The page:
Alert: Possible Spoilers
How can someone do exactly to other people what’s been done to him? That’s the big psychological question in Ramin Bahrani’s new film, 99 Homes. How can Dennis Nash (Andrew Garfield) become the right-hand man to the very real estate developer (Michael Shannon) who callously uses the housing market collapse to repossess and evict him (and countless others) from his foreclosed home? In these men, we find two disparate answers to how someone becomes exactly what he starts out hating.
As the film begins, there’s a bloody bathroom and a dead body – a man who couldn’t face losing his home. To developer Rick Carver and his corrupt crew, he’s not a person, a tragedy, a man who sadly saw no other way out. He’s merely in the way, an inconvenience to clean up and move out so they can continue to reap the rewards. That’s only the beginning.
There’s person after person – people with children, an elderly man with no one. It doesn’t matter. Forget trying to get someone to listen. Or help. It’s the law. This house isn’t yours anymore. It belongs to the bank. You have just the fewest of minutes to grab what you can of your entire life. The lock changing crew moves in. Suddenly, you’re out on the street with nowhere to go. And, there’s cold-eyed Carver counting his dollars, and going on to the next victim.
What Makes Someone Become Who He Hates?
On the face of it, treating people this way is simply appalling. But, as a psychologist, I have to take a step back and question just what makes someone become a Rick Carver. Or, even more unexpectedly, a Dennis Nash – who turns against his own experience, his character, and his morals to join up with Carver and do to other struggling people what was done to him. How and why does this happen?
Greed is much too simple an answer. We get a glimpse into what drives Carver. Apparently, the government “screwed” his Dad. What he’s done with this, though, is to consider anyone who gets “screwed”, including his dad, a loser. He’s not going to be a loser. The losers are all out there. They are the ones who can’t keep their homes, the ones that are drowning while he’s found a way to more than stay afloat.
Carver’s not only angry with the government. He also blames his Dad. My clinical guess is he sees his Dad as weak. Weak makes for losers. Carver will be a winner at all costs. To accomplish that, he won’t feel anything. He won’t be soft. He’ll care about no one. He’s mostly hardened against anything, like compassion, that could weaken him. Risk him becoming a loser.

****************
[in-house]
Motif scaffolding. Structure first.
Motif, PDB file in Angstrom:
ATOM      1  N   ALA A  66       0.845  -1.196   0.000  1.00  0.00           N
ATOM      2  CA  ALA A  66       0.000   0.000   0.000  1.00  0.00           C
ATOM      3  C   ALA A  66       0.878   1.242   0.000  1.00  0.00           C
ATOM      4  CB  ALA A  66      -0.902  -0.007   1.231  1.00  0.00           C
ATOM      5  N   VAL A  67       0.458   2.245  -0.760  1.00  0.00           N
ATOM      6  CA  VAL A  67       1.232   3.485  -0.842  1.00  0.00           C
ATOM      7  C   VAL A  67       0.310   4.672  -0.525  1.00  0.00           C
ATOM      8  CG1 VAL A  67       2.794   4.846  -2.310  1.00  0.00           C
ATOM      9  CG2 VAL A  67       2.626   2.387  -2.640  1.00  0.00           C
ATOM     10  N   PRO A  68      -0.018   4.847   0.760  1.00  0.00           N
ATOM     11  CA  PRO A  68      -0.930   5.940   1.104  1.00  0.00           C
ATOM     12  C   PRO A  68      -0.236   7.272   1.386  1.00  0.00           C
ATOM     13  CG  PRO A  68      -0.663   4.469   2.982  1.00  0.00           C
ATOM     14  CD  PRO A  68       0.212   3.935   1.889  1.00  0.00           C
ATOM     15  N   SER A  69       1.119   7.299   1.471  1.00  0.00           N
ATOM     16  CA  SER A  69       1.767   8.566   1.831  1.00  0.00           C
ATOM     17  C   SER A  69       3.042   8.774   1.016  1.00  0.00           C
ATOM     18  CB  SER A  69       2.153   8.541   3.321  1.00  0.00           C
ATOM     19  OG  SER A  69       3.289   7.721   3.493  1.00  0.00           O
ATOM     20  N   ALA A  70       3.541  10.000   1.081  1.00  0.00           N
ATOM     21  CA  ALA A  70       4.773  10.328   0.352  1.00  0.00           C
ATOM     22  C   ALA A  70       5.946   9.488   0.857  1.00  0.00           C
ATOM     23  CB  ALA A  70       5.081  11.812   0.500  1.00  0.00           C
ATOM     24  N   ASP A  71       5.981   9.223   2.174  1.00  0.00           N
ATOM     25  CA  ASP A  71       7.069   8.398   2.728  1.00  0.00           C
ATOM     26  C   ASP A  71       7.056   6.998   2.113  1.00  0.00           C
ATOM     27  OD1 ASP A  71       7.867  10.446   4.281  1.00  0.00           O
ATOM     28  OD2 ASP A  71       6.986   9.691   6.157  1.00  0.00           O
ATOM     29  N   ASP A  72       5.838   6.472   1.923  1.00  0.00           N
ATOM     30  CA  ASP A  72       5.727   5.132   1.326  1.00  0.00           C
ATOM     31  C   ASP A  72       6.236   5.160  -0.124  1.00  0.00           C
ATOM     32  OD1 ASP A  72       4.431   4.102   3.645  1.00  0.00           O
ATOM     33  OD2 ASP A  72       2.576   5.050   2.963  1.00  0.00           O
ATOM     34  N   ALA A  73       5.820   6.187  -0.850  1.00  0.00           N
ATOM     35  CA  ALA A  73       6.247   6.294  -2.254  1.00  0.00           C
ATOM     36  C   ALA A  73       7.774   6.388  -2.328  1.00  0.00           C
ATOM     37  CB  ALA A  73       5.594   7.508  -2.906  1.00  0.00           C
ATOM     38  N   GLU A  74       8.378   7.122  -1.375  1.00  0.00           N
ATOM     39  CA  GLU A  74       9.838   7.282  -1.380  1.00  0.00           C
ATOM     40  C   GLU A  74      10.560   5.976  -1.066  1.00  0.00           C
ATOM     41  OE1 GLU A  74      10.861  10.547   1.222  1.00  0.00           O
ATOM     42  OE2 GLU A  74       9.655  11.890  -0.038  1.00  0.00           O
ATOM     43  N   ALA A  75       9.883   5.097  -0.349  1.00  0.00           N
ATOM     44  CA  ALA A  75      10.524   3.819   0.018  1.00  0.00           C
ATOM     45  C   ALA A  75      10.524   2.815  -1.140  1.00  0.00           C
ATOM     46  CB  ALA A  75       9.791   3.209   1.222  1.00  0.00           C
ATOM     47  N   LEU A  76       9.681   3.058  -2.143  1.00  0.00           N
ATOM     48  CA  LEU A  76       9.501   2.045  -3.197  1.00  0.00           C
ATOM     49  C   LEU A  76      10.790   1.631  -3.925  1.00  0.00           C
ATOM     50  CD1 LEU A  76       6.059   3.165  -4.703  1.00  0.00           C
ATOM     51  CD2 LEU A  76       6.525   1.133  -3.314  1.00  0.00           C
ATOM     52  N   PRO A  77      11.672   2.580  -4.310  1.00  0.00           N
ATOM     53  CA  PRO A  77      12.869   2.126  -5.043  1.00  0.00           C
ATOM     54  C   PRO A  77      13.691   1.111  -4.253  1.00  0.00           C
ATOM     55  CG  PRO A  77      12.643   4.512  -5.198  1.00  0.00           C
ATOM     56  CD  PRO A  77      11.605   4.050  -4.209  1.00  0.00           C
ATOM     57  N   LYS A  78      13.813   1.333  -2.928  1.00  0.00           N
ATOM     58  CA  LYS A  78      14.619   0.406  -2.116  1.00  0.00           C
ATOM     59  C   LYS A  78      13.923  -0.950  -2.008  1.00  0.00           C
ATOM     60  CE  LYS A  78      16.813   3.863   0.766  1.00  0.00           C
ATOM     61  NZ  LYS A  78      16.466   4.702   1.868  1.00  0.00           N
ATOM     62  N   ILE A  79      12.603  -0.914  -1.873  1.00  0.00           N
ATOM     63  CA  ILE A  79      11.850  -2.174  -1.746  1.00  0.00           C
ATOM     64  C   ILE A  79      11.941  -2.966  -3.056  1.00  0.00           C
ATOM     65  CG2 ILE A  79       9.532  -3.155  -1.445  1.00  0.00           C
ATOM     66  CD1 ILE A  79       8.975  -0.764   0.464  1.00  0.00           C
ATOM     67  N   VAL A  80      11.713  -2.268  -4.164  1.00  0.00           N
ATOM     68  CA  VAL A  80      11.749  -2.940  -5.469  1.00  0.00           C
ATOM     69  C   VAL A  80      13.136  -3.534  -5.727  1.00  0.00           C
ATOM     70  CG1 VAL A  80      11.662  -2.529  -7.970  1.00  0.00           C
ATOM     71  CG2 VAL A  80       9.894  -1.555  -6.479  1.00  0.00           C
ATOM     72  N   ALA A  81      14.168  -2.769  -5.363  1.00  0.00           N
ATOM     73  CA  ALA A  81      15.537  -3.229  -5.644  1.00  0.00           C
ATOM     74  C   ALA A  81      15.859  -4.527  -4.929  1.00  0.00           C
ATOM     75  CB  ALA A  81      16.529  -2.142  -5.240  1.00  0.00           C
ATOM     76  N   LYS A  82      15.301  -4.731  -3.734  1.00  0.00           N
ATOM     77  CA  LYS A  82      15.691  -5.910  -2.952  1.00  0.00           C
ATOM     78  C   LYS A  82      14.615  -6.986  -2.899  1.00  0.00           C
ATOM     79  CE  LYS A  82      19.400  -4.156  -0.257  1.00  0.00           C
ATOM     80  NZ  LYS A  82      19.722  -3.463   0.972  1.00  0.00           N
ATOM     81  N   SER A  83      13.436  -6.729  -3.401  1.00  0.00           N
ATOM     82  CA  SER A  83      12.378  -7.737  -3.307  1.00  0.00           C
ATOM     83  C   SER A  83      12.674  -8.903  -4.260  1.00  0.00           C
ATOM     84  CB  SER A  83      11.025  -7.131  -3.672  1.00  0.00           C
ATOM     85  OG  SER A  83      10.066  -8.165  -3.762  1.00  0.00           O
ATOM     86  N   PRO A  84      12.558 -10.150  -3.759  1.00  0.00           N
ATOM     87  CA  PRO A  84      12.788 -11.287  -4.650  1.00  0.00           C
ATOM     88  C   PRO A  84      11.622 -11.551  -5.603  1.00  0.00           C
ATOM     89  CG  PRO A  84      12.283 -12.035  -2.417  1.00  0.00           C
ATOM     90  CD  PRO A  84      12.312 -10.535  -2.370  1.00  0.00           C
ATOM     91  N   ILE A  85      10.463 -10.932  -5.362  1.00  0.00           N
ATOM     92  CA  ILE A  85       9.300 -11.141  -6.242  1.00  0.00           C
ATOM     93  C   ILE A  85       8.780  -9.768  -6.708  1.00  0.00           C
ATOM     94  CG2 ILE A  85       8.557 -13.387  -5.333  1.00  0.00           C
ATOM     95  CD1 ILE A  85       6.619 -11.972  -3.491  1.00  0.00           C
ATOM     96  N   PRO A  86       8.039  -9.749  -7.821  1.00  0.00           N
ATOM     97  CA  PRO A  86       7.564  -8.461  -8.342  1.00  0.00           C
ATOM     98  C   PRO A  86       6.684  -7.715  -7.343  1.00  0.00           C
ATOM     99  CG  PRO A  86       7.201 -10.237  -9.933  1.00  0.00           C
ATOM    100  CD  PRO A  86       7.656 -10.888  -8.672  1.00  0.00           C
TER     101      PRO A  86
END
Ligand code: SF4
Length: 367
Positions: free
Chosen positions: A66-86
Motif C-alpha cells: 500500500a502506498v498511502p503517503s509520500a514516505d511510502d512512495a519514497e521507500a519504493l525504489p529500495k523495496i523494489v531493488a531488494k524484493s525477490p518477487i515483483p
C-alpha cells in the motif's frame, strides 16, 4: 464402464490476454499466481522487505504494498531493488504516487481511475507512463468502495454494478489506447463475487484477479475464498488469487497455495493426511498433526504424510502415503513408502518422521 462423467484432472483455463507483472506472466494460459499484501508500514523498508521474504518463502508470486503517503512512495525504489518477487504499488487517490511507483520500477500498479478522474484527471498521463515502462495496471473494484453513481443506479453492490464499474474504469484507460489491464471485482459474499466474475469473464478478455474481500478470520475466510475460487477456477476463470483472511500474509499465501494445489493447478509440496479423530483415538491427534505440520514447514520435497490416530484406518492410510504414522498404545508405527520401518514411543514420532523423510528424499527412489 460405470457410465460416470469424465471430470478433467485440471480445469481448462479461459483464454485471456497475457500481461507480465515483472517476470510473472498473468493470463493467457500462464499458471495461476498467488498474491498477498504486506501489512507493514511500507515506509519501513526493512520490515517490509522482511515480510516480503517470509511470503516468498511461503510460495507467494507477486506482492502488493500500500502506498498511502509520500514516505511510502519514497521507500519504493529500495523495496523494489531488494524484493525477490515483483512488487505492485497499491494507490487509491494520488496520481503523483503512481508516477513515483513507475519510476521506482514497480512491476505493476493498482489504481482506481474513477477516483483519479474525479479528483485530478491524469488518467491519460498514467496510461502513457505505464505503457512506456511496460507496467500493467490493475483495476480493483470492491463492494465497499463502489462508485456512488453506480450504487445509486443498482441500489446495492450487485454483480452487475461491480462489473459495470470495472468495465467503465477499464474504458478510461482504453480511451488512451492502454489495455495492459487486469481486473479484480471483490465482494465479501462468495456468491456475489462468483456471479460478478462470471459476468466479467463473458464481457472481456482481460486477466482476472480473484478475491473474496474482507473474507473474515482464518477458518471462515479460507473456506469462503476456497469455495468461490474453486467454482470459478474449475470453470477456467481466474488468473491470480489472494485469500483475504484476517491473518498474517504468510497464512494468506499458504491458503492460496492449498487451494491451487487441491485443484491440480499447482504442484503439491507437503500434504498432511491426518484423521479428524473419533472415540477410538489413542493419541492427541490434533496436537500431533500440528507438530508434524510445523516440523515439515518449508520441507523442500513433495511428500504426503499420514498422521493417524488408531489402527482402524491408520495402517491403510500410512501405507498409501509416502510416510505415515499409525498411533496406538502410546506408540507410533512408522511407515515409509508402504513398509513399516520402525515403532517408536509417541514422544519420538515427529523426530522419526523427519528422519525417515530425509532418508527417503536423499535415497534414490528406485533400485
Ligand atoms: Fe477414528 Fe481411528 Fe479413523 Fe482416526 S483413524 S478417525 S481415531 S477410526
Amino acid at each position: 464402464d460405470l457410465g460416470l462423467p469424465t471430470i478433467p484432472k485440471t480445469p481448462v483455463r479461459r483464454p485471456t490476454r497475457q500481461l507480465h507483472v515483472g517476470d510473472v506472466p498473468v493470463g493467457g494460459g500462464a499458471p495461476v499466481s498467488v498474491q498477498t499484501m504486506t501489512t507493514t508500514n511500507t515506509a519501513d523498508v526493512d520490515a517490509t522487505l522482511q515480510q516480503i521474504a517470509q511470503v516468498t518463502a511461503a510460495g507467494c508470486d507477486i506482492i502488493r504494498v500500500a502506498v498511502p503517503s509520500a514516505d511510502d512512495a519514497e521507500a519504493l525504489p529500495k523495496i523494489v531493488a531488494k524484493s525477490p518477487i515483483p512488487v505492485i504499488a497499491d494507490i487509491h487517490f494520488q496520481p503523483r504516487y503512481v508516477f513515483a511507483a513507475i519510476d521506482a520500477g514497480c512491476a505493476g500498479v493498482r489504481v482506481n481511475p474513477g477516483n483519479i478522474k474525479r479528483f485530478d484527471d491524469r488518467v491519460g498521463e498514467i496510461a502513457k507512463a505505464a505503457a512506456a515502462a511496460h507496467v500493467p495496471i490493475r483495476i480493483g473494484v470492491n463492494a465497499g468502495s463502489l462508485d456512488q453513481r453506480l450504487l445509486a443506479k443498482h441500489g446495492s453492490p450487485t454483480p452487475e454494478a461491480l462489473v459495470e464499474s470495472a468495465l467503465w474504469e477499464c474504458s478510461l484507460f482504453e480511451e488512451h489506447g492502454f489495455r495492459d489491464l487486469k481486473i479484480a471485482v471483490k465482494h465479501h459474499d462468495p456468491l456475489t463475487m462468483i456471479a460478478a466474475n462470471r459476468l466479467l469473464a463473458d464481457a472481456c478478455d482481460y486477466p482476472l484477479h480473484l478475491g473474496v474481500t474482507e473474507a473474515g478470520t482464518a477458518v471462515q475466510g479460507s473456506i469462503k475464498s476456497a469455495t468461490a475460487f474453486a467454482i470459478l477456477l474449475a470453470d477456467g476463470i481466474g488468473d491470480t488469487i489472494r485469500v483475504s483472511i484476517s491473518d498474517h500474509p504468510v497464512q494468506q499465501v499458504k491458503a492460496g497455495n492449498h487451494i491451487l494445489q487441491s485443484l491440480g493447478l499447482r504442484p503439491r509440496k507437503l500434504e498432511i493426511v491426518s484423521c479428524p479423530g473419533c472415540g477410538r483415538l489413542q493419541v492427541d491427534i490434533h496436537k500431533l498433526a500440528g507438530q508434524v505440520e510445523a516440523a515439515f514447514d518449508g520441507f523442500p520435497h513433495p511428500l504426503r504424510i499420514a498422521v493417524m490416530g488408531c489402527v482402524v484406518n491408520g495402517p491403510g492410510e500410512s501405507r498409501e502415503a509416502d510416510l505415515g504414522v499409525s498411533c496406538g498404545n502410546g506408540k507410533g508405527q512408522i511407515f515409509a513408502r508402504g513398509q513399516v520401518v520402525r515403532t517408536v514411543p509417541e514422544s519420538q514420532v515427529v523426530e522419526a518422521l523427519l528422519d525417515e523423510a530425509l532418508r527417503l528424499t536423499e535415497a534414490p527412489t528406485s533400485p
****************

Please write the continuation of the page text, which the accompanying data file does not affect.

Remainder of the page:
Dennis Nash is another story. For him, desperation is the key. He’s a talented and smart young man, down on his luck. Unable to get a job as hard as he tries. He’s got a son, Connor (Noah Lomax), and his Mom (Laura Dern) to support. Dennis’ Dad failed him too. Unlike Carver, though, Dennis cares. He doesn’t want his son to lose his home, his school or his friends. Terror, helplessness, and anger can lead such a man astray.
Desperation & Then A Crisis of Conscience
Dennis’s need for money derails him. Carver, so good at preying on others, takes advantage of his talent and his panic. Seduces him with the kind of money Dennis has never seen. He can get his house back – his only real goal all along. But, it comes with a huge moral sacrifice and psychological price. Lying to his mother and son. Putting himself and his family in danger. Doing things that go against who he is.
In spite of Carver’s warning to get tough, it’s really not in Dennis’s make-up to turn his back on people in need. He’s apologetic, in terrible conflict, and scared. But, he’s trapped. If he does what he believes is right, he’ll be back where he was. If he doesn’t, hurting people for his own advantage is destroying the life he had.
In the end, Dennis has a crisis of conscience. At least he has one. This echoes one victim’s angry accusation: “How can you live with yourself?” Dennis can’t. He’s almost destroyed a man he knows, and his conscience wins out in the end. We’re left hanging, though, about Carver. As disturbing and thought-provoking as the film is all the way through, I am unfortunately left abruptly with one big, “Huh?”